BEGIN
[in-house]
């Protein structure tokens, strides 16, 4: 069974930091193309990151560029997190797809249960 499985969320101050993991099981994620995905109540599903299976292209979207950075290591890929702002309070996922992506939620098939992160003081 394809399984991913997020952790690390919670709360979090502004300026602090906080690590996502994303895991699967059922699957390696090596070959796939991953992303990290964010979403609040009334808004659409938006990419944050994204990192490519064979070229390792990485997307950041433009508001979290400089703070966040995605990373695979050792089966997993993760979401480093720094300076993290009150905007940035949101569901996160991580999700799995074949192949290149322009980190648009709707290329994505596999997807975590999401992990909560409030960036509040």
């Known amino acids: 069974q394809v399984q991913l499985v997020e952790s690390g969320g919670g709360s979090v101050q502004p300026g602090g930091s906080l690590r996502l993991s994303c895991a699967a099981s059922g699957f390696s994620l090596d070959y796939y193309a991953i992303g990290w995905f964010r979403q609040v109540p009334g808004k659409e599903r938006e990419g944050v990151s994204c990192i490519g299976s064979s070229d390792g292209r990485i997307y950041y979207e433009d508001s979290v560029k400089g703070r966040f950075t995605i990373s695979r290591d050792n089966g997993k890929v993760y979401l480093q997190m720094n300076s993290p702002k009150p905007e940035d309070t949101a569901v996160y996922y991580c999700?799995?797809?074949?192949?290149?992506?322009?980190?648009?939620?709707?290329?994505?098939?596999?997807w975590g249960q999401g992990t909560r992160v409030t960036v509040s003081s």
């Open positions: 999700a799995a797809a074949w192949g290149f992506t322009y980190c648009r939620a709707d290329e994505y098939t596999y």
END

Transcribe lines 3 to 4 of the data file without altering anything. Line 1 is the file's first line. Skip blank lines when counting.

């Known amino acids: 069974q394809v399984q991913l499985v997020e952790s690390g969320g919670g709360s979090v101050q502004p300026g602090g930091s906080l690590r996502l993991s994303c895991a699967a099981s059922g699957f390696s994620l090596d070959y796939y193309a991953i992303g990290w995905f964010r979403q609040v109540p009334g808004k659409e599903r938006e990419g944050v990151s994204c990192i490519g299976s064979s070229d390792g292209r990485i997307y950041y979207e433009d508001s979290v560029k400089g703070r966040f950075t995605i990373s695979r290591d050792n089966g997993k890929v993760y979401l480093q997190m720094n300076s993290p702002k009150p905007e940035d309070t949101a569901v996160y996922y991580c999700?799995?797809?074949?192949?290149?992506?322009?980190?648009?939620?709707?290329?994505?098939?596999?997807w975590g249960q999401g992990t909560r992160v409030t960036v509040s003081s």
């Open positions: 999700a799995a797809a074949w192949g290149f992506t322009y980190c648009r939620a709707d290329e994505y098939t596999y």